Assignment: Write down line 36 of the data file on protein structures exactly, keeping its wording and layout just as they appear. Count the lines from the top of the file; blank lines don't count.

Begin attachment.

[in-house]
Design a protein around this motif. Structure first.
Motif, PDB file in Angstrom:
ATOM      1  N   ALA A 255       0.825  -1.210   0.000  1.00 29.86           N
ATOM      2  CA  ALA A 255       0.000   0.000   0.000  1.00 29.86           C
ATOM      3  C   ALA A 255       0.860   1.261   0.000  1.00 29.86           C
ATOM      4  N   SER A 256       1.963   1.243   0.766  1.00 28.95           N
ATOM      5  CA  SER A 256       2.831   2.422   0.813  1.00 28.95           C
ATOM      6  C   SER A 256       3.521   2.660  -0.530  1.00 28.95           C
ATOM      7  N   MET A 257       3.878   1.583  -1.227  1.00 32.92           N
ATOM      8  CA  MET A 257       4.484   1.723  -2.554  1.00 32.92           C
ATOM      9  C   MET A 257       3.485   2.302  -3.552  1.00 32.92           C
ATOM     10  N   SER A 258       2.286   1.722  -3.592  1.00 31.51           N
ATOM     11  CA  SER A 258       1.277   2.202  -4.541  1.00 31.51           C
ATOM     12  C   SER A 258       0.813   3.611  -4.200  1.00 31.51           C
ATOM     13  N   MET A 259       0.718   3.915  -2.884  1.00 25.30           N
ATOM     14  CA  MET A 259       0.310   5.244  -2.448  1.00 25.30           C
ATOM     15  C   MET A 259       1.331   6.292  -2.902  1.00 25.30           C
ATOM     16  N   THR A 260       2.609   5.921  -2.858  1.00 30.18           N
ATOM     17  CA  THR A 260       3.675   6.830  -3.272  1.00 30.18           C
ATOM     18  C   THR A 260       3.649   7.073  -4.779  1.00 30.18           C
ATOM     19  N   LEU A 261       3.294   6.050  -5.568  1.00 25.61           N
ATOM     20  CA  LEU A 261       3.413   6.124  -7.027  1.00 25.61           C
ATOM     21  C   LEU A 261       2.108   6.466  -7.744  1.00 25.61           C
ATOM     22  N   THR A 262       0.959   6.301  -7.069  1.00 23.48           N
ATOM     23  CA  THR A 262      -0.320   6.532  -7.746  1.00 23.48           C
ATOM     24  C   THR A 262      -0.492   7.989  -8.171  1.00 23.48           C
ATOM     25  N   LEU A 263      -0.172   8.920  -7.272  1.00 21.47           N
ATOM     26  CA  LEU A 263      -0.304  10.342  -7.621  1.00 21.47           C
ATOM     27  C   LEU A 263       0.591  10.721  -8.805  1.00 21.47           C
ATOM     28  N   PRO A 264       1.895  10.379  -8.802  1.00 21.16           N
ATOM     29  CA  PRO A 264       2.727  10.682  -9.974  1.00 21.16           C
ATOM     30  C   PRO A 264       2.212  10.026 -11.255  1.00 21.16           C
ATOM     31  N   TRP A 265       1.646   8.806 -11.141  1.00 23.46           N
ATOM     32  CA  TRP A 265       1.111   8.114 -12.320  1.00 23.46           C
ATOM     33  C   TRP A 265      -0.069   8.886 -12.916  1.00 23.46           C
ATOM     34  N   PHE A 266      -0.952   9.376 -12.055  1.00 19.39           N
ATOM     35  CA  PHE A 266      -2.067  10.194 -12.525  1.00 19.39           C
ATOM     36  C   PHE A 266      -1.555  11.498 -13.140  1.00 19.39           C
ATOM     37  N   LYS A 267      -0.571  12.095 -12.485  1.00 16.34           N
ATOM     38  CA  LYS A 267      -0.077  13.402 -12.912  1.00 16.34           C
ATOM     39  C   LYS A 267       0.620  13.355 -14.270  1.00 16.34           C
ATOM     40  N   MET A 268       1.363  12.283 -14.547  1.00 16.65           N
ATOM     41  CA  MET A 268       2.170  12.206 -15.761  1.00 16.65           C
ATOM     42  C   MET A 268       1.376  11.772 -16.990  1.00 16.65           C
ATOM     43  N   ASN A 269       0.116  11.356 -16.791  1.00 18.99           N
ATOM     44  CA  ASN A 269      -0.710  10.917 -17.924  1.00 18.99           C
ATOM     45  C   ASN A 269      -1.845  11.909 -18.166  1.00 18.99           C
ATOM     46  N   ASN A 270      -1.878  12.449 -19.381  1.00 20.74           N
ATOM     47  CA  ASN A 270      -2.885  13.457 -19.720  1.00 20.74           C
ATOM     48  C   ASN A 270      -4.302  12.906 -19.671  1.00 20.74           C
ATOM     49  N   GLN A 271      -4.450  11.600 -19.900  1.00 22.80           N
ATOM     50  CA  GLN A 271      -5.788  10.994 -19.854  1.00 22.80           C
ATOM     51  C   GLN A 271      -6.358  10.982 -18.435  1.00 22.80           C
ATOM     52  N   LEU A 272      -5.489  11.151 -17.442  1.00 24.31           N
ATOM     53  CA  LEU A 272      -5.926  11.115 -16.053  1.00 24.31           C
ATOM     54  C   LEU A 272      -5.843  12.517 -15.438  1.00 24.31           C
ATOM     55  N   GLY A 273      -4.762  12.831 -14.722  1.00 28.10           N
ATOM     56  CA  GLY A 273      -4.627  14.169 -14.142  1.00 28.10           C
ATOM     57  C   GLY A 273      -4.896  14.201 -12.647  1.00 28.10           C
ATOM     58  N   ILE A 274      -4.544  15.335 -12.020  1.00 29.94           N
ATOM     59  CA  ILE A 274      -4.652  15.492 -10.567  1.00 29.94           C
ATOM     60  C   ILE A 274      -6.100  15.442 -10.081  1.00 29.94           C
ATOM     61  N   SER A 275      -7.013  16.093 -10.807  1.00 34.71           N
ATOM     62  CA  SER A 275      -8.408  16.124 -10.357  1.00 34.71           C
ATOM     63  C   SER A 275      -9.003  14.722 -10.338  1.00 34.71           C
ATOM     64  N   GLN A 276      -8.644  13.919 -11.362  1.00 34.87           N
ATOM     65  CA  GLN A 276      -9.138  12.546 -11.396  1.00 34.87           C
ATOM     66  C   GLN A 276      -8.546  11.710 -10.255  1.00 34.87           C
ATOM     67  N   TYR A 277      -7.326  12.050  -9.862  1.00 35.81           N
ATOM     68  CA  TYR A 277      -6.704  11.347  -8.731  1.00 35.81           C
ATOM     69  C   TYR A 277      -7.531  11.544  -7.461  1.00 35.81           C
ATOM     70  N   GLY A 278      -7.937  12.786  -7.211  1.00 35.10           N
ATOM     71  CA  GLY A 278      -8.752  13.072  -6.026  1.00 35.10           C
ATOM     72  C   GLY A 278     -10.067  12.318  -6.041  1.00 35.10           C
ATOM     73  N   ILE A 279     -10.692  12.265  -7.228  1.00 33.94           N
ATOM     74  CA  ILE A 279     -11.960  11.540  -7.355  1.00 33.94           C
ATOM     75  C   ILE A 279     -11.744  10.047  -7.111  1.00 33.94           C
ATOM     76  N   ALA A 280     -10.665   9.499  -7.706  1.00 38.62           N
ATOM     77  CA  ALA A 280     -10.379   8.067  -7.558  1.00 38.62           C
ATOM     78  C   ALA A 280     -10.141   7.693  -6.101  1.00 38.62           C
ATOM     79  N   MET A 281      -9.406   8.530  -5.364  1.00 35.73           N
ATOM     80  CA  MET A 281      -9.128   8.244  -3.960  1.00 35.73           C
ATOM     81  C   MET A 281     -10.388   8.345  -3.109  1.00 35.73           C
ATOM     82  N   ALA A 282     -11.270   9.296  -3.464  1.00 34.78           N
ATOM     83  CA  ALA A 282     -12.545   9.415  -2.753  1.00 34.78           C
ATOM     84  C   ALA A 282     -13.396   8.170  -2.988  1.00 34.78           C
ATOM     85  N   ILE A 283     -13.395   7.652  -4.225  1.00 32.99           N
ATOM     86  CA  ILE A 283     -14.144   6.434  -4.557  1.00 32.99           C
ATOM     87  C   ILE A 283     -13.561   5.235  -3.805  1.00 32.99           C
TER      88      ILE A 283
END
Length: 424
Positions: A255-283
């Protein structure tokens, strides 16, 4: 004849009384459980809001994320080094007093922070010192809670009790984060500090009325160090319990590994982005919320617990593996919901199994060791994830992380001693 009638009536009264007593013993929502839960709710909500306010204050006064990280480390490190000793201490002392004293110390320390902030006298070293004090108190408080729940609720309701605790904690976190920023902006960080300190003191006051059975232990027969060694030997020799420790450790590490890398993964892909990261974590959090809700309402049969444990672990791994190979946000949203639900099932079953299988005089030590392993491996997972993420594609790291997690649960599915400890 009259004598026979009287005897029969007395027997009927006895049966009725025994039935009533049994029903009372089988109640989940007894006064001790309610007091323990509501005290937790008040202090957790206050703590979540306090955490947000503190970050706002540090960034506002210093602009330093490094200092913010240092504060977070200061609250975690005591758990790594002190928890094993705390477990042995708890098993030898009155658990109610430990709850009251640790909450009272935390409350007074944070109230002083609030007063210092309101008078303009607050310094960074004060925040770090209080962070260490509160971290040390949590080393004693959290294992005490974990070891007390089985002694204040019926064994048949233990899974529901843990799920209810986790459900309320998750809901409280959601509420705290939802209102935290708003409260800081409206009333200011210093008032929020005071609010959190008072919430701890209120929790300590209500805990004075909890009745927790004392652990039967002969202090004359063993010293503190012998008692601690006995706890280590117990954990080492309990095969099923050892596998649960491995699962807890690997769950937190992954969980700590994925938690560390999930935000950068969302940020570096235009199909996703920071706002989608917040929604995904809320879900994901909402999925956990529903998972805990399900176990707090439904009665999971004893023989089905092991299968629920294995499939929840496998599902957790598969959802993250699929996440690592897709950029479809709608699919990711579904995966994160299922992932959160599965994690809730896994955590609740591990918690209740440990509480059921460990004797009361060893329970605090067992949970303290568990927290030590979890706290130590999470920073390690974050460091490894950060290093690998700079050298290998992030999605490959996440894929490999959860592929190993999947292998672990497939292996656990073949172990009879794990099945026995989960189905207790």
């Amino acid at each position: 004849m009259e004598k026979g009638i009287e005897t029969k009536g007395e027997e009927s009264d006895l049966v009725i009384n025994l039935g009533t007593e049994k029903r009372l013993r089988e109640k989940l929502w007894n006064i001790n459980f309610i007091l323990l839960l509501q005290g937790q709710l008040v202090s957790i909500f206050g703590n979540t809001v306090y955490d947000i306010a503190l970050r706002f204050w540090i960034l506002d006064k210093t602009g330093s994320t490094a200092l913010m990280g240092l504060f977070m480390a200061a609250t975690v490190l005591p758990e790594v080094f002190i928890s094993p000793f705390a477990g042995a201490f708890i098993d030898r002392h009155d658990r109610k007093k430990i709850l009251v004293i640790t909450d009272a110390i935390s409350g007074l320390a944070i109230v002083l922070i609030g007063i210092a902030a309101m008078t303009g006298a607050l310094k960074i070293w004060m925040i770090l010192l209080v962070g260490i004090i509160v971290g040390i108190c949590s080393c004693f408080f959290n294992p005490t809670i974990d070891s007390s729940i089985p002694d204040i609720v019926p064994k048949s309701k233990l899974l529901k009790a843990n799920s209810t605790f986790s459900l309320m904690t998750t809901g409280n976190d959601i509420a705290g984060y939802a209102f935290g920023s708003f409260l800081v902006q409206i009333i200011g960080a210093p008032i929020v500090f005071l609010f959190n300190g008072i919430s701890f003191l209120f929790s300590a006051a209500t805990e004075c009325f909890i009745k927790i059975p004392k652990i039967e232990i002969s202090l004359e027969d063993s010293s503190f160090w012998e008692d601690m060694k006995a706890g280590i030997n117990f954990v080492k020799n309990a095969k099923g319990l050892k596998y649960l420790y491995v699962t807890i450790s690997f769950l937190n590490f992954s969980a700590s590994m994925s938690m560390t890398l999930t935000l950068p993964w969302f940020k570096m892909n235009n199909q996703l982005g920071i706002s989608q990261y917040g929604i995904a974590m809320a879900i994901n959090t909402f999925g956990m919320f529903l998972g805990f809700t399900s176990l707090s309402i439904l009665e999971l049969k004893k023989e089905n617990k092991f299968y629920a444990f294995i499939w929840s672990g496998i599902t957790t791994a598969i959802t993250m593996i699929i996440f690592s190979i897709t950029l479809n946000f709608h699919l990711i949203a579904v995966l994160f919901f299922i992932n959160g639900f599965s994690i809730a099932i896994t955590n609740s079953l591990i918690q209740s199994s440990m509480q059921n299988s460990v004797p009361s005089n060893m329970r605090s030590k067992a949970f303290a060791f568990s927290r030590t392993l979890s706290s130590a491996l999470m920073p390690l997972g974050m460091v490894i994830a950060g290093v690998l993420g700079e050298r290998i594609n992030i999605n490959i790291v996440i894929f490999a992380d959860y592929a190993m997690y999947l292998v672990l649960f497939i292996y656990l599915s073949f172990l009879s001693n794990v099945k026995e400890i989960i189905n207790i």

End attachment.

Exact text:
ATOM     33  C   TRP A 265      -0.069   8.886 -12.916  1.00 23.46           C